Have you ever dreamed of being a ninja, creeping amongst the shadows completely undetectable to those around you? Have you ever dreamed of slowly easing toward the edge of a building with your back pressed against the wall, taking a peek around the corner only to spot a guard? You know there are several ancient ninja techniques you could use to take this guard out, but you want to choose the best one for the situation. So you step into view dressed in a skimpy red miniskirt and attempt to seduce the guard with your red-hot ninja sexiness.
The guard, of course, doesn’t fall for it and charges directly at you, so you decapitate him with your “tetsugen” (a bladed wire). OK, maybe it wasn’t the most honorable way for a ninja to kill a guard, but it sure is quicker than all that stealth crap. Maybe you’ve just had a nightmare. Or maybe you’re playing Red Ninja. After all, there isn’t much difference between the two.
In Red Ninja you play as Kurenai, a young girl whose father was killed by the evil clans of Shingen Takeda. After killing her father, they hanged Kurenai from the nearest tree using the bladed wire. After being rescued, Kurenai trains and becomes a deadly ninja whose only goal is to avenge her father’s murder. Sound cookie-cutter? It is. The storyline isn’t very well-written, and to make matters worse, the voice acting in the cut scenes is just as forgettable.
But who cares about the story or voice acting in a ninja game, right? We all just want to kick some butt. While there are several weapons at your disposal such as a blowgun, daggers and throwing knives, there’s really only one weapon you need to use, the trusty tetsugen. With its wired blades surprisingly lethal, it can be used from short range to slice enemies to pieces. Upgrades are available including different blade types and new attacks, but as you play through the game you’ll notice the weapon is too powerful and eliminates most of the challenge from the fighting. If you choose to sneak up on enemies it is possible to implement one-shot kills, but most people will run in swinging the bladed wire of death and dice their way to victory. Why? Because the weapon is too powerful and the AI involves a single script: spot enemy and run directly toward her.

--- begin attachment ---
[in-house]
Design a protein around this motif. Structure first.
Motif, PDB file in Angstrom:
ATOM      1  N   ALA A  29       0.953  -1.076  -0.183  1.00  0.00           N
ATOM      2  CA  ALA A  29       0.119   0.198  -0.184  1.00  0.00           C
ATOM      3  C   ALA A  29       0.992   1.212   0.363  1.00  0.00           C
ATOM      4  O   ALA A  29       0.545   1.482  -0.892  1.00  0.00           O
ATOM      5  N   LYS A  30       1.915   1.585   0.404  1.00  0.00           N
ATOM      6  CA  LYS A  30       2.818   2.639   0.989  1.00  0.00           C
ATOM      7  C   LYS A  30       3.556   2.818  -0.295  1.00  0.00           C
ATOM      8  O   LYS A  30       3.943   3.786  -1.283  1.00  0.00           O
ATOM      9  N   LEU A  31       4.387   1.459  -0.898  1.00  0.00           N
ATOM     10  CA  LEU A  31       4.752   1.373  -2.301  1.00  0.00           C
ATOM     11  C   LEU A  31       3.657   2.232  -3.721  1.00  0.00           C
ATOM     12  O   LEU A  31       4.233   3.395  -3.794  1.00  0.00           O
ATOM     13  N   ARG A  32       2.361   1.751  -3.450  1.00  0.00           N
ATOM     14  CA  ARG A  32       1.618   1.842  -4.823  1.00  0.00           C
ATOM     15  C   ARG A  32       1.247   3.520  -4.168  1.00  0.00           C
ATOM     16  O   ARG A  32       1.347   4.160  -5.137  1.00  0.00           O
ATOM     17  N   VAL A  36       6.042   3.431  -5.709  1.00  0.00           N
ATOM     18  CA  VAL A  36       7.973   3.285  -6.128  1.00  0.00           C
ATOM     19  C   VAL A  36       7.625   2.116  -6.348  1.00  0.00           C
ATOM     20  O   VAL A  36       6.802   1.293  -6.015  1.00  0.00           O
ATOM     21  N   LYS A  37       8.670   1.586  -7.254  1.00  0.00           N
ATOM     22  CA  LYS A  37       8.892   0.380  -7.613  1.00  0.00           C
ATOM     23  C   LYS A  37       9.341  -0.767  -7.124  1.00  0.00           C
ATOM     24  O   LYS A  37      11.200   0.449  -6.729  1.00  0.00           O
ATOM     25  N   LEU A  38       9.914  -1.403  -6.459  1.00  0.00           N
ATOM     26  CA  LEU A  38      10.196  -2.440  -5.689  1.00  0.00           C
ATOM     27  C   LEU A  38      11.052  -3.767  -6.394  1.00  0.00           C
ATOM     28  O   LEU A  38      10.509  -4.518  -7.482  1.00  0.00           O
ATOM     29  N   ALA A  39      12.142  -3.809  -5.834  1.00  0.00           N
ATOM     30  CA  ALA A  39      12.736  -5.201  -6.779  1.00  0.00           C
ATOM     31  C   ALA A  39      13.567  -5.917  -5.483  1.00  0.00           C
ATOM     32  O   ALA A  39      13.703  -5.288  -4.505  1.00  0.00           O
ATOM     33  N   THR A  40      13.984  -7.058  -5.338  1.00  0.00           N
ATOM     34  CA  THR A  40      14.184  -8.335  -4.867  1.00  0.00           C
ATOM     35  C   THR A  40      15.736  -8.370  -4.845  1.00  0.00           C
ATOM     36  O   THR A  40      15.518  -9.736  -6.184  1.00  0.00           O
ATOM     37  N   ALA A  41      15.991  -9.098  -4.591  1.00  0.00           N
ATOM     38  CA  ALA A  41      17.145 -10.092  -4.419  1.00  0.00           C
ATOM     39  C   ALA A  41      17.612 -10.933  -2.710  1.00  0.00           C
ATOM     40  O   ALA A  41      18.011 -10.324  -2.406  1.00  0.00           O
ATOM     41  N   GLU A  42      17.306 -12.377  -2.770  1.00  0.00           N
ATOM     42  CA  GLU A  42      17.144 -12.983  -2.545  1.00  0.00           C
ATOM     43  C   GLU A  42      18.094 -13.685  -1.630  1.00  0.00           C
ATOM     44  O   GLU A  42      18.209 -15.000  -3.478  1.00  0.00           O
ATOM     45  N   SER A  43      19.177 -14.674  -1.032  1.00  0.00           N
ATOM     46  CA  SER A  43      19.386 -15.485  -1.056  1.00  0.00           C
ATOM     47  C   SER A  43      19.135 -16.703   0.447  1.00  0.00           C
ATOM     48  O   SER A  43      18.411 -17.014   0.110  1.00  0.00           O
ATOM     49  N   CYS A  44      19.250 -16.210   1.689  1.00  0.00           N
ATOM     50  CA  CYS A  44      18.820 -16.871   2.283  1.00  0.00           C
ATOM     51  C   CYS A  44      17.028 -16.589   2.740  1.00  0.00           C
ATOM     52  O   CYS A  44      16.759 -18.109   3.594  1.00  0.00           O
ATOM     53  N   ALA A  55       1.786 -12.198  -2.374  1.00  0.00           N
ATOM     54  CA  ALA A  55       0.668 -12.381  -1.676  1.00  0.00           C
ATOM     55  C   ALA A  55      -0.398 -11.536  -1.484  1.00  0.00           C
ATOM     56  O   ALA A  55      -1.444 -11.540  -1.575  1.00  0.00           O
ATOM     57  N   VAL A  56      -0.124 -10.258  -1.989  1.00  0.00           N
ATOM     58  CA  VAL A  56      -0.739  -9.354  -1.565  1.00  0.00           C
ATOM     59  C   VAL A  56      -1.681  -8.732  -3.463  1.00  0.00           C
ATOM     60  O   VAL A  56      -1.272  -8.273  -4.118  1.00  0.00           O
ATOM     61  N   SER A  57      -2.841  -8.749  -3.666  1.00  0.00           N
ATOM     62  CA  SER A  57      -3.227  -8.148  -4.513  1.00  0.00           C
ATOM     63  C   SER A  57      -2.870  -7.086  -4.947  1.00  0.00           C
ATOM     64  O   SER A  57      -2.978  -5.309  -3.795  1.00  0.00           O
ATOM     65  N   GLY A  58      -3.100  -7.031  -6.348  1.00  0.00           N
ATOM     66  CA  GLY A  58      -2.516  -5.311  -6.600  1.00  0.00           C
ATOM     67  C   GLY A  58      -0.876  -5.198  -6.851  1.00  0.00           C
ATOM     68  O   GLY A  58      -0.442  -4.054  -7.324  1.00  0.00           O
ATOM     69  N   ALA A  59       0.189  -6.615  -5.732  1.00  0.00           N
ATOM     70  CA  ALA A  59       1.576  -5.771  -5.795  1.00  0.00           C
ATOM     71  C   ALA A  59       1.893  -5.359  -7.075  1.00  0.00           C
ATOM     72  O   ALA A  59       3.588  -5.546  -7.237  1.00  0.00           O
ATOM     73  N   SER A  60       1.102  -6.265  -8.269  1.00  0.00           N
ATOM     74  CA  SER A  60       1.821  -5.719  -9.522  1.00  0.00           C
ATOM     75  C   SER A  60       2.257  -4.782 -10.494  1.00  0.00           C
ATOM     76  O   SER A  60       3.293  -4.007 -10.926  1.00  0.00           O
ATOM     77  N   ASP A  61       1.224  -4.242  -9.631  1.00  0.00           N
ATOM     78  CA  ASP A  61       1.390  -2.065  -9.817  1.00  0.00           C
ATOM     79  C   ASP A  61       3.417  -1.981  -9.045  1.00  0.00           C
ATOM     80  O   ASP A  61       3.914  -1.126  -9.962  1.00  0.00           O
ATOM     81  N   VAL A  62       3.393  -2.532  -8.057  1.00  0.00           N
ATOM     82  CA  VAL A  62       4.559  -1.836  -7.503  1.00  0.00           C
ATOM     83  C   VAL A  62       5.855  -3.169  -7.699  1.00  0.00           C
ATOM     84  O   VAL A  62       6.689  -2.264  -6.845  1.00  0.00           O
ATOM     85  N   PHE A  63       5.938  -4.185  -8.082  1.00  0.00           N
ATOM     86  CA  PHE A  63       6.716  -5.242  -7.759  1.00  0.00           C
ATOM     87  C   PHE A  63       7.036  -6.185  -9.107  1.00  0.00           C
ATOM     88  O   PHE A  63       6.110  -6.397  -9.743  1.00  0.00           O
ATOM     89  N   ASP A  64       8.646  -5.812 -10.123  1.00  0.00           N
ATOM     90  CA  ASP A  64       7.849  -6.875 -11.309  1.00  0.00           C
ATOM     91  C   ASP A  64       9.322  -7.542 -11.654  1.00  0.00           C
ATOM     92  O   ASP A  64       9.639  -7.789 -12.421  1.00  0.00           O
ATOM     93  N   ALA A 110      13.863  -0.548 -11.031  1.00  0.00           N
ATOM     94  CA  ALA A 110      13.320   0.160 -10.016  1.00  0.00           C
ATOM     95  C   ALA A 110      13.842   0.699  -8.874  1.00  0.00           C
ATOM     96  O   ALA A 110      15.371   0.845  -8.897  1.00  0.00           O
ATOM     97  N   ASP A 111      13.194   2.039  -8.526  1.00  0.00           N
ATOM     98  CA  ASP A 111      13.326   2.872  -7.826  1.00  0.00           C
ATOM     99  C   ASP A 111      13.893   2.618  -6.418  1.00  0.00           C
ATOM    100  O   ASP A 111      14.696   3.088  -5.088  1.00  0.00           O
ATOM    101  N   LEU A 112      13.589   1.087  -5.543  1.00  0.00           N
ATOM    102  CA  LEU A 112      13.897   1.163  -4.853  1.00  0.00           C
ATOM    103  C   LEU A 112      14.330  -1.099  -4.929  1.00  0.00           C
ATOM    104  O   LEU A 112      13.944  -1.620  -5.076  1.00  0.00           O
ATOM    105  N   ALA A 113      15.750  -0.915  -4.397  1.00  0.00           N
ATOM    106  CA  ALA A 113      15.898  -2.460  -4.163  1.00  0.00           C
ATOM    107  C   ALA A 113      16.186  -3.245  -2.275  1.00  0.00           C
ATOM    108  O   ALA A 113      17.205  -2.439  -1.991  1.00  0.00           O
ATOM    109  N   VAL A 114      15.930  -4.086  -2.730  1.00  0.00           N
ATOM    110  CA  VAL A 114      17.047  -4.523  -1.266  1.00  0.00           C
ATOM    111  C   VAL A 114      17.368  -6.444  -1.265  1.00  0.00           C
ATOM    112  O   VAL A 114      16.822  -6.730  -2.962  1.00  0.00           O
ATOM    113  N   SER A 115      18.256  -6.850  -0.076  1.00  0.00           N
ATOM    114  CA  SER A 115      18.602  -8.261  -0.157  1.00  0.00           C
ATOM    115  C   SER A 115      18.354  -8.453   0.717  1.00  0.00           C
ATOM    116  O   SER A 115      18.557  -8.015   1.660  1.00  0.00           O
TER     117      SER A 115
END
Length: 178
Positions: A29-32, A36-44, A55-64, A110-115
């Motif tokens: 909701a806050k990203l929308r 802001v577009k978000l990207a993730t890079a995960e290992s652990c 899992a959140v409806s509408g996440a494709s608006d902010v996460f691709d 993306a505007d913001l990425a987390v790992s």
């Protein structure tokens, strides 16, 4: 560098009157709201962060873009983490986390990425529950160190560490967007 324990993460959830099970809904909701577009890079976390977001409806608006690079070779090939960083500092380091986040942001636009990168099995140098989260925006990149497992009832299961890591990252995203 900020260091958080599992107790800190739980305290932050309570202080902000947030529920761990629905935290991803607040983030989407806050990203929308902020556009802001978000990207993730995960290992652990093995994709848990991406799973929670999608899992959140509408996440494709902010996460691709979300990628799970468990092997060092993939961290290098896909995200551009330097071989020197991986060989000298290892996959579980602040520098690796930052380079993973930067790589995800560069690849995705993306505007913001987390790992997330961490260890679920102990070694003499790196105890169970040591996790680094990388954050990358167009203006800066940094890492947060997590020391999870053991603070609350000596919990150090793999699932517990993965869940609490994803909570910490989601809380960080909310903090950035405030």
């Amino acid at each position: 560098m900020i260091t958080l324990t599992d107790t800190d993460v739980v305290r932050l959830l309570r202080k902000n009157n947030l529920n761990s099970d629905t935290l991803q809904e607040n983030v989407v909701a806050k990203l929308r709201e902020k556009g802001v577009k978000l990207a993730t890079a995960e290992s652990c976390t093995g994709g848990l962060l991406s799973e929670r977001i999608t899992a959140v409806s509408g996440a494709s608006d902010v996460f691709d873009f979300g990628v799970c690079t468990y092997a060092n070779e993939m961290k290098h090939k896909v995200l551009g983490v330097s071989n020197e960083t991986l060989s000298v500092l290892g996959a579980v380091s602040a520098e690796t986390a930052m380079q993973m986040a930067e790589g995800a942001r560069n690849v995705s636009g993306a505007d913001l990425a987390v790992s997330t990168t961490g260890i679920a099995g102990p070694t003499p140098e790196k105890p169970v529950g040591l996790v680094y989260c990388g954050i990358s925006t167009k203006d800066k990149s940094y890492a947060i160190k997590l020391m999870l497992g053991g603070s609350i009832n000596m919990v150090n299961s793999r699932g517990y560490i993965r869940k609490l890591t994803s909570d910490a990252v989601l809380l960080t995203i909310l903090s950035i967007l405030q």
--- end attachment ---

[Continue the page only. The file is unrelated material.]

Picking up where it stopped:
The real challenge in playing Red Ninja comes during the platforming portions of the game. Swinging from poles, jumping to ledges and doing some wall running are all incorporated in achieving the goals in each mission. The problem is that fighting with the horrible camera is a lot more challenging than the brain-dead AI guards. Combine that with the frustration of trying to hit just the right wall-running spot or climbing to the next ledge, and you might wish you had a real-life tetsugen to hang yourself.
Red Ninja looks nice graphically, with a Prince of Persia-style soft glow to it. Even though it’s a fairly nice-looking game, though, it lacks the personality and detail of games such as Prince of Persia. Likewise, the sound effects are generally well done, but they’re held back by some bad voice acting. The music, comprised mainly of flute-heavy traditional tunes, fit the setting perfectly, but to be honest, Red Ninja could have the world’s best graphics and the greatest audio ever recorded, but the boring combat and frustrating platforming mechanics would still ruin it.
Unless you’ve always dreamed of playing as a ninja in a little red miniskirt, who just happens to also be a master at killing with a tetsugen, you should stay far away from this game. If you could make the game disk into a ninja throwing star, it would be more fun than playing Red Ninja.
- Gameplay: 4
- Combat is too easy and the platforming is terrible.
- Graphics: 7.5
- Looks good but lacks detail.
- Sound: 7
- The sound effects are OK and the music is good, but there is some bad voice acting.
- Replay: 3
- I doubt many people will even finish the game once.
- Overall: 5
- Coming soon to a bargain bin near you.
— Randie Kilgore